Picture: THINKSTOCK
Picture: THINKSTOCK

USING the systems available today to process the data that will be generated by the Square Kilometre Array (SKA), it will take the equivalent of two nuclear power stations — about seven gigawatts a year — to power it, says Ton Engbersen, DOME project leader at IBM Research.

South Africa — through SKA SA, which is a business component of the National Research Foundation — this week joined Dutch radio astronomy institute Astron and IBM in the €34m DOME project, which aims to create an IT road map for the SKA.

The SKA will be the world’s largest radio telescope, using thousands of antennae to receive signals from the depths of space.

"The SKA generates so much data, in the order of 14 exabytes (equivalent to 14-billion 1GB iPods) per day," says Dr Engbersen. "We need to focus on building an efficient computer system behind this so we can deal with this amount of data, without using power that no one can afford."

According to IBM, the four-year partnership would "research extremely fast, but low-power exa-scale computer systems aimed at developing advanced technologies for handling the massive amounts of data … produced by the SKA".

The South African component will focus on visualisation, desert-proof technology and software analytics.

Dr Engbersen explains: "Visualisation (is) how to deal with this data so astronomers can make sense of it." The large quantities of data will be processed, analysed and converted into images, which are easier for astronomers to understand, rather than an amorphous series of numbers.

Western Australia and South Africa’s Karoo, where the SKA will be built, are "extreme" environments, and the microservers used to process the data will need to withstand these conditions, IBM says, noting that they have to be "desert proof".

In terms of software analytics, South Africa’s MeerKAT, a 64-dish SKA precursor, will be "used for the testing and development of a sophisticated software programme", IBM says.

Dr Engbersen is more specific, saying the research will try to develop "software that can automatically make its own decisions about what data are important and not important".

However, the research will not only benefit radio astronomy, says DOME SA technical co-ordinator Simon Ratcliffe. "This project lays the foundation to help the scientific community solve other data challenges such as climate change, genetic information and personal medical data."

SKA South Africa director Bernie Fanaroff has previously said that the SKA will help position South Africa so that it will have the skills and expertise to play a role in the developing field. "I’m trying to get big data started in this country," he said. "It is one of the major spin-offs of the SKA, which will set the foundations for a big data."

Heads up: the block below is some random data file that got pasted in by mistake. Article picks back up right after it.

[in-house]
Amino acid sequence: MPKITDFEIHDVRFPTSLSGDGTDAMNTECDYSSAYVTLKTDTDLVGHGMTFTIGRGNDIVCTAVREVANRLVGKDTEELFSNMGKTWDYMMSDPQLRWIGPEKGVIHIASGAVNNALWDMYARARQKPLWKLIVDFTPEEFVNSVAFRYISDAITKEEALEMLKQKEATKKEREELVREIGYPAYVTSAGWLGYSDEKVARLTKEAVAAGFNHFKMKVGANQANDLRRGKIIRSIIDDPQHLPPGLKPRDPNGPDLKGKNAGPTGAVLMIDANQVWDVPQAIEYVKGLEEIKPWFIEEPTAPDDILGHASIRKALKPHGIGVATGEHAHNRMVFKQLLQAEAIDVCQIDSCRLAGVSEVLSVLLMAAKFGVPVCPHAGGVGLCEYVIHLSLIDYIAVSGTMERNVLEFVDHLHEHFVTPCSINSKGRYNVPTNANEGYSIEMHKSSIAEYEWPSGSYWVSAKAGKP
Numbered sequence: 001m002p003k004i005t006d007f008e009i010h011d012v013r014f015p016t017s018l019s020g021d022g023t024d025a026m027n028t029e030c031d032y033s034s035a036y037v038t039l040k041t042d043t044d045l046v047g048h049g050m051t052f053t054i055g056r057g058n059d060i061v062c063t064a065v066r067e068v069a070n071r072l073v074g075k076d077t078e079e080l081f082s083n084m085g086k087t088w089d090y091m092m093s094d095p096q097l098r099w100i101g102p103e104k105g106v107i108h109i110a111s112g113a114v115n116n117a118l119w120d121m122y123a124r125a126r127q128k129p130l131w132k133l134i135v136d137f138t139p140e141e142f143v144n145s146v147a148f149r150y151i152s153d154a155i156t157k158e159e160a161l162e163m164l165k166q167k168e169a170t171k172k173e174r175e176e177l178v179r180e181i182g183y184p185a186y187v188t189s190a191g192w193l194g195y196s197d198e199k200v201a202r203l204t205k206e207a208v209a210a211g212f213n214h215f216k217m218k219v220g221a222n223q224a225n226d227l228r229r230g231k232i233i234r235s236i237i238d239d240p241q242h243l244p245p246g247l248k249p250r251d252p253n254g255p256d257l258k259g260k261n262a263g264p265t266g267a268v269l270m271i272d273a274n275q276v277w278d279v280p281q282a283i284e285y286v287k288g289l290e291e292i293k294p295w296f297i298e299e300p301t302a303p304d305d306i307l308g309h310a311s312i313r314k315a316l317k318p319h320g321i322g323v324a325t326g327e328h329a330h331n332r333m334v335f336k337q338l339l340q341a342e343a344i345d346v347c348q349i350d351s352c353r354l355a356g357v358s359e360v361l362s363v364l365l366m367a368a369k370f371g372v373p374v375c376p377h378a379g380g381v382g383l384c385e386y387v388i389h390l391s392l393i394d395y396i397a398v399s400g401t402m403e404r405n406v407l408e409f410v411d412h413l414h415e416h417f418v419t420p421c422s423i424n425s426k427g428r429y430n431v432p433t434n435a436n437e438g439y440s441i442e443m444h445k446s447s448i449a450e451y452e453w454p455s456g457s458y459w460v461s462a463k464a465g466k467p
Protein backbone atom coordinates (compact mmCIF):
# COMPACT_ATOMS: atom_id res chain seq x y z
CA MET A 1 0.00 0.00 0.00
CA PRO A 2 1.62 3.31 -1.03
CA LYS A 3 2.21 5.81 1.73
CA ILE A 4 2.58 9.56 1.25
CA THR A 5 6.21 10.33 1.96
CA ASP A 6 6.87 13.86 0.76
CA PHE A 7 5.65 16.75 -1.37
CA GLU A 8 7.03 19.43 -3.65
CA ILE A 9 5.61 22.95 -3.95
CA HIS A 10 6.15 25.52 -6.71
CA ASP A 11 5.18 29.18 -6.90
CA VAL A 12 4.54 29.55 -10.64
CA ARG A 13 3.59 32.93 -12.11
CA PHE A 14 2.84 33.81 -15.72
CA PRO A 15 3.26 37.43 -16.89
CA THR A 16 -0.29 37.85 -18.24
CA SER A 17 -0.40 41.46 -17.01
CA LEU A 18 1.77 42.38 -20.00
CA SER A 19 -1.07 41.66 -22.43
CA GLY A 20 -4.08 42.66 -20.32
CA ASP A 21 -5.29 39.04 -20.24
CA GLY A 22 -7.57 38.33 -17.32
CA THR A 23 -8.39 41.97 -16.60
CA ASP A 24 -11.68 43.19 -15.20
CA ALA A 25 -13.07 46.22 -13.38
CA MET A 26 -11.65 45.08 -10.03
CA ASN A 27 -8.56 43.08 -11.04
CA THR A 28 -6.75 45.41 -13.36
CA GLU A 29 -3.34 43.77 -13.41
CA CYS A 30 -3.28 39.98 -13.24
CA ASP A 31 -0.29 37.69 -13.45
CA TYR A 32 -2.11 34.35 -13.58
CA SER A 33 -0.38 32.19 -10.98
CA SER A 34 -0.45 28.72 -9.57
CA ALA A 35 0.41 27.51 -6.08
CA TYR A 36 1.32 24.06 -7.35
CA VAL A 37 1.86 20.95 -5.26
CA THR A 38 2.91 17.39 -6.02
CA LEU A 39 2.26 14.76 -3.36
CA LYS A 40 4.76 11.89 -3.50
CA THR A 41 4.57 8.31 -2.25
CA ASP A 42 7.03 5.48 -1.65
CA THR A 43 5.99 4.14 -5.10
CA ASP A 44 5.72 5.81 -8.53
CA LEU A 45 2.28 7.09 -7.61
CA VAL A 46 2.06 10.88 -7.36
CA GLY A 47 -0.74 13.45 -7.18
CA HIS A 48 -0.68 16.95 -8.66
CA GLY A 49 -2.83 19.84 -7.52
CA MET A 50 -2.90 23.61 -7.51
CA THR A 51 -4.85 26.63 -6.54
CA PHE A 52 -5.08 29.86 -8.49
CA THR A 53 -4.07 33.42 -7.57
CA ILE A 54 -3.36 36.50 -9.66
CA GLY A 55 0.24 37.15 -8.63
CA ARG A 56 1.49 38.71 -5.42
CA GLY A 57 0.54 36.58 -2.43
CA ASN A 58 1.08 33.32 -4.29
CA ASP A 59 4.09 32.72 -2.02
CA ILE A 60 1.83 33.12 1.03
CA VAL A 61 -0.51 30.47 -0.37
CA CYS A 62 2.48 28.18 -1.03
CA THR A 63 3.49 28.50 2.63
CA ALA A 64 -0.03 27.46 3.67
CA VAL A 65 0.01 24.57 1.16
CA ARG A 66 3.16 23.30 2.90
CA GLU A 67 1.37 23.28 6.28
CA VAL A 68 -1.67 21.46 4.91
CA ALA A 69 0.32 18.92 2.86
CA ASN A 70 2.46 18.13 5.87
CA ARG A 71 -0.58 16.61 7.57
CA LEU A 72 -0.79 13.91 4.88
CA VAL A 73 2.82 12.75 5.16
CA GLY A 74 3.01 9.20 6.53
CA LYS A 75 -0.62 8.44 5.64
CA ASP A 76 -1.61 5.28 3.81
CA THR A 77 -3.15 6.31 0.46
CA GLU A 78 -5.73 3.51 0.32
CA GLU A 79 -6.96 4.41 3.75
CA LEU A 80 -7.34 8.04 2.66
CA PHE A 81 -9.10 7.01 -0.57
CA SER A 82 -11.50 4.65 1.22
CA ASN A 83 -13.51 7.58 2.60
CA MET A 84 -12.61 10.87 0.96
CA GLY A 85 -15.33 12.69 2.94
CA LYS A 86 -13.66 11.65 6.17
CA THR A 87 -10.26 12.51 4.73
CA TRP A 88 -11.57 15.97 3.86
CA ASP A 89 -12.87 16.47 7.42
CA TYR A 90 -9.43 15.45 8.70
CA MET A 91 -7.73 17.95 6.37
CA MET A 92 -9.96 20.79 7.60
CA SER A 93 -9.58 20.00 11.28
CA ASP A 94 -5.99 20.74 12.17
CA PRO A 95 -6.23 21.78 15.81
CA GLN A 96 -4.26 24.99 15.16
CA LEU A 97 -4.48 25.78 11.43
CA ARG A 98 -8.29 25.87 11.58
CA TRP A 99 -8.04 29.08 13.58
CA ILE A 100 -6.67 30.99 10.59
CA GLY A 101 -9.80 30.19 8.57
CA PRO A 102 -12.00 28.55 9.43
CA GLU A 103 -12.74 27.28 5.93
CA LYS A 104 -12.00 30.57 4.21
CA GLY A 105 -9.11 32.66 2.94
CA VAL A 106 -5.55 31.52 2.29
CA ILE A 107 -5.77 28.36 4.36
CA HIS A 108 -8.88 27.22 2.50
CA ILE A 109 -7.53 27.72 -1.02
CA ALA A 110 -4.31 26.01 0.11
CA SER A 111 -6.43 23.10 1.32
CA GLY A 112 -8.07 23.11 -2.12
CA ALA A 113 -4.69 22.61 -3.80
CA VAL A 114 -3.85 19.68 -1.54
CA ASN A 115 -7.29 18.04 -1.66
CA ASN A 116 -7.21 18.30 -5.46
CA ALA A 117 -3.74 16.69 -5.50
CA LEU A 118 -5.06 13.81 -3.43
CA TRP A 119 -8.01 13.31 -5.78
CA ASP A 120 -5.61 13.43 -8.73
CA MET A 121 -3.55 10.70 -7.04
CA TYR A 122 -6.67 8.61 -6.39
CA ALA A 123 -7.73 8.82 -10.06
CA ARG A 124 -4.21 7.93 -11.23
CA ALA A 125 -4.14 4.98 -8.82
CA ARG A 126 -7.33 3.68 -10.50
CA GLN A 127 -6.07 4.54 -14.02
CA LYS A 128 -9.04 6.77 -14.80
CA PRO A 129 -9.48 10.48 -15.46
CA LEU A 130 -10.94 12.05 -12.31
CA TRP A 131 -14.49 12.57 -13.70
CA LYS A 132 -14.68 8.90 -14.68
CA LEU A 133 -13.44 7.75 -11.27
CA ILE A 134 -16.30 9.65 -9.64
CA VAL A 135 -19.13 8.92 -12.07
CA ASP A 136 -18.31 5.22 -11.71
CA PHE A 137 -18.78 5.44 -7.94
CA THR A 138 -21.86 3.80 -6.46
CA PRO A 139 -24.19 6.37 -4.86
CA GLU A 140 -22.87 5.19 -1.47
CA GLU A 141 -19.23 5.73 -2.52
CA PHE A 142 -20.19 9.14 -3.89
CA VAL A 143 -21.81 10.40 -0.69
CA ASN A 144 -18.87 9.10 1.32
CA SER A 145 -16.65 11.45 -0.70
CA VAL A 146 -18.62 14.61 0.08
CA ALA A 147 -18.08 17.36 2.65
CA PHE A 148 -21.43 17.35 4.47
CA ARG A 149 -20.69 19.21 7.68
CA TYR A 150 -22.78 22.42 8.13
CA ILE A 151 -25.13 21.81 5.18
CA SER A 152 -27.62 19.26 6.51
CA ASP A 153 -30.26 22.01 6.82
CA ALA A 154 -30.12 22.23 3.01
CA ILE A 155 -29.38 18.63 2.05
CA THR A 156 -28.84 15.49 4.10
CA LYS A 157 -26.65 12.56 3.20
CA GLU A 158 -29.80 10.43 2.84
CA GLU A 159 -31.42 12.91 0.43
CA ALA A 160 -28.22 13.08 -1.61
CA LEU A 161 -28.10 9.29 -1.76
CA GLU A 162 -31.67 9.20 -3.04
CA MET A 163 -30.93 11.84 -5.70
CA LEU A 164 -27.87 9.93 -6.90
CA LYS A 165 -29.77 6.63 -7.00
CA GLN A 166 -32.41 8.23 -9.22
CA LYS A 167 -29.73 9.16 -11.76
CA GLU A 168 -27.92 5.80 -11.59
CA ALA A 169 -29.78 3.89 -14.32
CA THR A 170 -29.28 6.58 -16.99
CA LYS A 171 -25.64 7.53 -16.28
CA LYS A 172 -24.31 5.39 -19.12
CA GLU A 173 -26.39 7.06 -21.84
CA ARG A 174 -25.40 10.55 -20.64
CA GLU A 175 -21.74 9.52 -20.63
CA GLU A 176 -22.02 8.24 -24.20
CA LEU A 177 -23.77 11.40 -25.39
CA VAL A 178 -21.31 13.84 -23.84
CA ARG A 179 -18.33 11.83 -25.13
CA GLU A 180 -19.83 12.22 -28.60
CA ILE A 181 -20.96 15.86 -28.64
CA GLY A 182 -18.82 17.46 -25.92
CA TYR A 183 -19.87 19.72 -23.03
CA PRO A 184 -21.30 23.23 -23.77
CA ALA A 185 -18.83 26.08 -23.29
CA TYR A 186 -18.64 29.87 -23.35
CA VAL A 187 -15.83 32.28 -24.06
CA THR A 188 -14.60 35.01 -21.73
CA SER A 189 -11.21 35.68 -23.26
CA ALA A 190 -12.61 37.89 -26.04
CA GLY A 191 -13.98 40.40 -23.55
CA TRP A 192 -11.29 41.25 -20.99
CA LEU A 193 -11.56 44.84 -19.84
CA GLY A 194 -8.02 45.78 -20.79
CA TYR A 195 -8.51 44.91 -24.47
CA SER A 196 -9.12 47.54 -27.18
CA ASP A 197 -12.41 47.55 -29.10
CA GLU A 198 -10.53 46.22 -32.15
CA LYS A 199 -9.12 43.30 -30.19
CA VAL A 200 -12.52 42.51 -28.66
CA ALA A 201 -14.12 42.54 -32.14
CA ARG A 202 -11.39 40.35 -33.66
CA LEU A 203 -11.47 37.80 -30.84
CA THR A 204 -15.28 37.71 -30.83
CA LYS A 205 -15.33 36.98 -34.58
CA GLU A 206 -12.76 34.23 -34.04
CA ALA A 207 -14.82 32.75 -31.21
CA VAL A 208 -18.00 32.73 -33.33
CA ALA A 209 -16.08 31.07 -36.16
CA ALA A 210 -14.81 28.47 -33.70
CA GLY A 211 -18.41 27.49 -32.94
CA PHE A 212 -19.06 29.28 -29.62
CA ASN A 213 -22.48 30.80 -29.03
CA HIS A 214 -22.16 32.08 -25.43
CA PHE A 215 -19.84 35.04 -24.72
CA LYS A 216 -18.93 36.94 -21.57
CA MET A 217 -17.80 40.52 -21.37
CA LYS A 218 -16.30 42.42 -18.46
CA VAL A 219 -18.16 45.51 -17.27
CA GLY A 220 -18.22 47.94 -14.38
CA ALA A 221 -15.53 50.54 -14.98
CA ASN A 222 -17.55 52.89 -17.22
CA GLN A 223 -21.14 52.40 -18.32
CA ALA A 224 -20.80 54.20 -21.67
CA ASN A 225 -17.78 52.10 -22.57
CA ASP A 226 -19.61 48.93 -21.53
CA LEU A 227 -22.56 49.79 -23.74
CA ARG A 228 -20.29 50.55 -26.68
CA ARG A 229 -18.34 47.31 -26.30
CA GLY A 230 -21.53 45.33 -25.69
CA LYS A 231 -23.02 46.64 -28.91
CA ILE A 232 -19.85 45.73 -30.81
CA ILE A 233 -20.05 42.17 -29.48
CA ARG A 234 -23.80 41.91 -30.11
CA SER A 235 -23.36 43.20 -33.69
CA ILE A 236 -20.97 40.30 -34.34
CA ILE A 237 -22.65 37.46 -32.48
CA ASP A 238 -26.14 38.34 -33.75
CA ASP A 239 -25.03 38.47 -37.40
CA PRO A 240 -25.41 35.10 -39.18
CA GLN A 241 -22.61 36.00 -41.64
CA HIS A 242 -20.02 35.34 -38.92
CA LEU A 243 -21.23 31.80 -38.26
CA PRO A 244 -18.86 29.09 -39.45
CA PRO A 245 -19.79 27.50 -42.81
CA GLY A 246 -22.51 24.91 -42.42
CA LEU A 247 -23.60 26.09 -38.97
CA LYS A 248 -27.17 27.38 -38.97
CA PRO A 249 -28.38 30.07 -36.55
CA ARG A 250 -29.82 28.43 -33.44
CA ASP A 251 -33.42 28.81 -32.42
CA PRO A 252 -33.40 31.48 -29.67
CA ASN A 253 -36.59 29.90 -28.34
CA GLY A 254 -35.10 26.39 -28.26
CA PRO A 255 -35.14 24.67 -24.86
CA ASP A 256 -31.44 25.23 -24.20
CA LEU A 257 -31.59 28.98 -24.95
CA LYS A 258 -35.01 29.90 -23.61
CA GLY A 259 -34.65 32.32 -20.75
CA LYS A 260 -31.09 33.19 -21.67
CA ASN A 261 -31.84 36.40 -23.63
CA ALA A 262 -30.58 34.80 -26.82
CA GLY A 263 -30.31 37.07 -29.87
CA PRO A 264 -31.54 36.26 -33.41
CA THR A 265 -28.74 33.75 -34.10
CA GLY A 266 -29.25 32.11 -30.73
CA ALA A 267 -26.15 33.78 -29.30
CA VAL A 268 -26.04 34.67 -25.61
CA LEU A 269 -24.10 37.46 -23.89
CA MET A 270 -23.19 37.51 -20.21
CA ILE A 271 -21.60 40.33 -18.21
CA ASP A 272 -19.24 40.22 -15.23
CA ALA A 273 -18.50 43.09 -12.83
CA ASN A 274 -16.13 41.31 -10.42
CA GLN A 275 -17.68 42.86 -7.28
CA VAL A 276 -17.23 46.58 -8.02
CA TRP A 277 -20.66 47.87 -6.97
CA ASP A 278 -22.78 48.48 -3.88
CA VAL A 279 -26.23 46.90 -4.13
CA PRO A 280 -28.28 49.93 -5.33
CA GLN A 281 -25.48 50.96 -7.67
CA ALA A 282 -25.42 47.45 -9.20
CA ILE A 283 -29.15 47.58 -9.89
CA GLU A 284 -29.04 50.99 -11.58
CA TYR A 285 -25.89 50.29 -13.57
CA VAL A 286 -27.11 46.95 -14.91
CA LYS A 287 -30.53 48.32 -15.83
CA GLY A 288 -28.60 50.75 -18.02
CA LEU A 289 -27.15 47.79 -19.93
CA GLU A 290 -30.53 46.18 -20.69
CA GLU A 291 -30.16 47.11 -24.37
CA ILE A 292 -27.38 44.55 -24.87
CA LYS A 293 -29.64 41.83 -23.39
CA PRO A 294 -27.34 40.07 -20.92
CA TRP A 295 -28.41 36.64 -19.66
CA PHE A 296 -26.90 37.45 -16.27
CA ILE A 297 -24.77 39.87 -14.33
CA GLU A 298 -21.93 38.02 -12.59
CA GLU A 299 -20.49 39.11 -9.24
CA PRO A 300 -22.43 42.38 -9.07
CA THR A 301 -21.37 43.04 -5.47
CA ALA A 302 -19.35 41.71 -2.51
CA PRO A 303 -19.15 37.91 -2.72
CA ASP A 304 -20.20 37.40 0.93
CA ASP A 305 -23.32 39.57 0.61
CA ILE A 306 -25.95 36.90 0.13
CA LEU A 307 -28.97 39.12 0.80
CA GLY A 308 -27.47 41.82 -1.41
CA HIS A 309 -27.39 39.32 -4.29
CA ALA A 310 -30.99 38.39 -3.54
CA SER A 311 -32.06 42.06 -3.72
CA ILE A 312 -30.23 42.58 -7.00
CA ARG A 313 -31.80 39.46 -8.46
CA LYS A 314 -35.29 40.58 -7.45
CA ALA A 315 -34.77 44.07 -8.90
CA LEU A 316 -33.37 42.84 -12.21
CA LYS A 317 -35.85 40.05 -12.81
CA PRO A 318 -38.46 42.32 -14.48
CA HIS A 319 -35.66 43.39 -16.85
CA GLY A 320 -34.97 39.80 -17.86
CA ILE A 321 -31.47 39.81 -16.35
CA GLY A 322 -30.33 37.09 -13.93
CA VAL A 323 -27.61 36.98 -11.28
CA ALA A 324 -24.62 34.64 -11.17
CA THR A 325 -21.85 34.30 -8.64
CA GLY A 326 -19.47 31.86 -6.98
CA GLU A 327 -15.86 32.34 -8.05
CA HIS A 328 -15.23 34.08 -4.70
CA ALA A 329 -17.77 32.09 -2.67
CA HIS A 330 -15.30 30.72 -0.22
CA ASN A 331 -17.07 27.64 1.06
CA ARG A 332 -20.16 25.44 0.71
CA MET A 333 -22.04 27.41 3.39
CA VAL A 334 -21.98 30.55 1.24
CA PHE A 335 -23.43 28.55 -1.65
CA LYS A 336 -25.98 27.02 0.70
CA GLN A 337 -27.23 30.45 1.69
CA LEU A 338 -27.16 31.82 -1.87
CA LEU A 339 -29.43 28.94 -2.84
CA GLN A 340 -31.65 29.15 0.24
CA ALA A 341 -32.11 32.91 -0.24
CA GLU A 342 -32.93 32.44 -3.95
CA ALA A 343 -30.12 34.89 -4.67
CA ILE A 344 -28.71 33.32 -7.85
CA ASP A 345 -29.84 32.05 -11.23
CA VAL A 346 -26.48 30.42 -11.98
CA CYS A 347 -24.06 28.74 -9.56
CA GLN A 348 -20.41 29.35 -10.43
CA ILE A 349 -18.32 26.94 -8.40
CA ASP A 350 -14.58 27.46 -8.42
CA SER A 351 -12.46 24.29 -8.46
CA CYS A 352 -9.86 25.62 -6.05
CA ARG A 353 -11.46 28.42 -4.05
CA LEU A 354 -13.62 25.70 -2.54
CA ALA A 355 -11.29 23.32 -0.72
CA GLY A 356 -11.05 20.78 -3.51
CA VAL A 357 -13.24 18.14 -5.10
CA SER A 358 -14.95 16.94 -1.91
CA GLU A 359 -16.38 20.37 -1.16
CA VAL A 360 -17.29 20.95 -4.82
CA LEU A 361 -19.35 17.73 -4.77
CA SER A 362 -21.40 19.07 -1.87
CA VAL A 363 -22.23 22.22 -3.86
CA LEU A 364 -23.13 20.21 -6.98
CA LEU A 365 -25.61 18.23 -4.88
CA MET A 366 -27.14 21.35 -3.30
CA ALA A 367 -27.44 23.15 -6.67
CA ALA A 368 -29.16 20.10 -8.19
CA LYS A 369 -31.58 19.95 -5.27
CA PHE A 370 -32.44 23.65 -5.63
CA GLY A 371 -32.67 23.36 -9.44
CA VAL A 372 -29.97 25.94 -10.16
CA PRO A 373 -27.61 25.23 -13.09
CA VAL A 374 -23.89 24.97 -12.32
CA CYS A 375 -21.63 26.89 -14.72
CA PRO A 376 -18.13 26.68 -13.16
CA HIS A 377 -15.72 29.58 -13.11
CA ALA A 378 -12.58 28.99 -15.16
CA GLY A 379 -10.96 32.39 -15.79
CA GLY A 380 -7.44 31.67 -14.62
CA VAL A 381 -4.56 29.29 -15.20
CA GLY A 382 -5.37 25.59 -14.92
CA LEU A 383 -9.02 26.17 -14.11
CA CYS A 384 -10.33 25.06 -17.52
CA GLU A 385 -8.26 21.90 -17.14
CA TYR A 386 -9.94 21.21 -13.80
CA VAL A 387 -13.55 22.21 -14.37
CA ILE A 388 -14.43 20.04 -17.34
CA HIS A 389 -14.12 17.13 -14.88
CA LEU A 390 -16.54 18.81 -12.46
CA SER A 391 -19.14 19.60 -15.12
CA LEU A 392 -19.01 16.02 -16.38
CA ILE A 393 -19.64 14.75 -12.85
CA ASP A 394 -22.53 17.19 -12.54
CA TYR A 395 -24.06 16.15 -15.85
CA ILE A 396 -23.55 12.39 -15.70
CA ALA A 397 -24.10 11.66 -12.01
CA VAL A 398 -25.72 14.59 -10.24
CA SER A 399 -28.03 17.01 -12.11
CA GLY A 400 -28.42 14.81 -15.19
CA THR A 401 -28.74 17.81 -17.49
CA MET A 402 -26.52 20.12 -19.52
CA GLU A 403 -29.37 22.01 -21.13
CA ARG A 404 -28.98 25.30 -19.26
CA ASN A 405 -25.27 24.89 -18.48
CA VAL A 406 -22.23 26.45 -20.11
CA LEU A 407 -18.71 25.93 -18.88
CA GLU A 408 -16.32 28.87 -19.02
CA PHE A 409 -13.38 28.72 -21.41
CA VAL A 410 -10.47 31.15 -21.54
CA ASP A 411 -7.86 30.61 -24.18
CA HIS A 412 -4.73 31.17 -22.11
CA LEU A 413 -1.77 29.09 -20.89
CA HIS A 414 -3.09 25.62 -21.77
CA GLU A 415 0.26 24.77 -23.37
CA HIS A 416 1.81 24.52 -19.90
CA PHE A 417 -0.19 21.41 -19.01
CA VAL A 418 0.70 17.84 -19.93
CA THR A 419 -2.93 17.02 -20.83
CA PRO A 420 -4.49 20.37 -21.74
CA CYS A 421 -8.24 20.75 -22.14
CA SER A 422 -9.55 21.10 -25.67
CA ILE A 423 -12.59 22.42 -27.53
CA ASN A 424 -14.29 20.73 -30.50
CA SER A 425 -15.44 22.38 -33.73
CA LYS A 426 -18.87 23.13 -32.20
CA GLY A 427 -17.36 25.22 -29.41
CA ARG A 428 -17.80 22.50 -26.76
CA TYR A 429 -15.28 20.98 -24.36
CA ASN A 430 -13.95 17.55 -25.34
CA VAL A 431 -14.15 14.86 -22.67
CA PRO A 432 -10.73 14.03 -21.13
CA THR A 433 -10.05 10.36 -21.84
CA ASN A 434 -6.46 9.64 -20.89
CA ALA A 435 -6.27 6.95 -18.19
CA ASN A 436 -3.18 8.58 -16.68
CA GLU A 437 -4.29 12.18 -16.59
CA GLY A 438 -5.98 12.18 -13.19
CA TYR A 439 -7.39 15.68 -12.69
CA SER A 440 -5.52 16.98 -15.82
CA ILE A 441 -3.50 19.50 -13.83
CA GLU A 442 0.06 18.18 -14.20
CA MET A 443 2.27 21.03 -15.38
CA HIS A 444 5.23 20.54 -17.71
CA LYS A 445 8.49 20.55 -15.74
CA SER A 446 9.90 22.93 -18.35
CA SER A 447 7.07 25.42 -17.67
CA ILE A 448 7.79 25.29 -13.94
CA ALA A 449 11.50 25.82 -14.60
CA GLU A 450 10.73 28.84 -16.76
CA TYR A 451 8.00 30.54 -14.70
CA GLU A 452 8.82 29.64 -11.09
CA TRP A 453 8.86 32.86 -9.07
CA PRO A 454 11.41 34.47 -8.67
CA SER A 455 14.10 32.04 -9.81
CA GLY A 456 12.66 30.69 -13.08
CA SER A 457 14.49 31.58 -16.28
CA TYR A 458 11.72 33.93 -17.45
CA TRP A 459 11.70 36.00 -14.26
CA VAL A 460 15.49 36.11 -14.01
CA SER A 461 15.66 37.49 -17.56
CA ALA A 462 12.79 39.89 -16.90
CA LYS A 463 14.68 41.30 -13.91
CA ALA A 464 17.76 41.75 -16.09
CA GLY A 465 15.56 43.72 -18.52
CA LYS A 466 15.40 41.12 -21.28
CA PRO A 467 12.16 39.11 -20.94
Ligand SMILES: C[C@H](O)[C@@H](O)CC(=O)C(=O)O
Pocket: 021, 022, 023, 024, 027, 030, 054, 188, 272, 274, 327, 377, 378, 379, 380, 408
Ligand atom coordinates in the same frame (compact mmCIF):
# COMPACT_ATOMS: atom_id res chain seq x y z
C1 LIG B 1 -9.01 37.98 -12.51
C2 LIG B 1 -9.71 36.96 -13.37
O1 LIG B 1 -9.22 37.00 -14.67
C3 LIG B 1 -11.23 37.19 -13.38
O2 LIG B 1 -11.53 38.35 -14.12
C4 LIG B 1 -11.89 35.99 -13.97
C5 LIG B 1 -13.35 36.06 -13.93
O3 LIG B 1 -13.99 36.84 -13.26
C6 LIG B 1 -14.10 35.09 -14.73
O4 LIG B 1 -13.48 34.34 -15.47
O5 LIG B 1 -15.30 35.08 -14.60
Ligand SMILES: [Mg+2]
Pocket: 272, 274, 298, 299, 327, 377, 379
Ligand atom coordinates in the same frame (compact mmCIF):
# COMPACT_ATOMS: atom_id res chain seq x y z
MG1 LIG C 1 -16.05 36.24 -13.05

Says IBM: "Every day, we create 2.5-quintillion bytes of data — so much that 90% of the data in the world today has been created in the past two years alone.

"This data comes from everywhere: sensors used to gather climate information, posts to social media sites, digital pictures and videos, purchase transaction records, and cellphone GPS signals, to name a few. This data is big data."

And the volume of data is expected to keep increasing, say experts.

"Practically everything we do, that data is stored somewhere by someone," says Alan Smeaton, a professor of computing at Dublin City University who spoke at the European Union Science Conference in Brussels last week. "The act of collecting this personal data leads to the possibility that the secondary data will be more useful (than) the primary data."

The act of mining this data is called analytics. The information and patterns extracted in this way can be more useful to industries than the primary data.

"Big data has the ability to transform industries," Dr Smeaton says, citing health, financial services, advertising and education.

Christina Peters, chief privacy officer at IBM, says: "Why is big data so important right now? Organisations are generating, collecting, using far more data than they can make sense of using traditional methods."

One example is tracking information and GPS: if your daily route information, attained by GPS, can be collated with those of thousands, if not millions, of other people’s, it would be possible for authorities to work out optimal ways to deliver services such as public transport, Dr Smeaton says.

However, there is a great deal of tension in the big data space — aside from how to compute it all.

A session at the EU Science Conference called "Data Protection in an Era of Big Data" looked at privacy concerns around big data. The EU is trying to legislate the use of private information by companies.

Dr Smeaton argues against using legislation, which he describes as a "blunt instrument". While he acknowledges there are "natural threats" such as profiling, tracking and discrimination, he says "analytics can have enormous benefits".

But the reality is that the technology is not there yet. The SKA — and projects such as DOME — will go a long way to developing the computer systems necessary to deal with huge quantities of data.

• Wild was a guest of Intelligence in Science at the EU Science Conference in Brussels.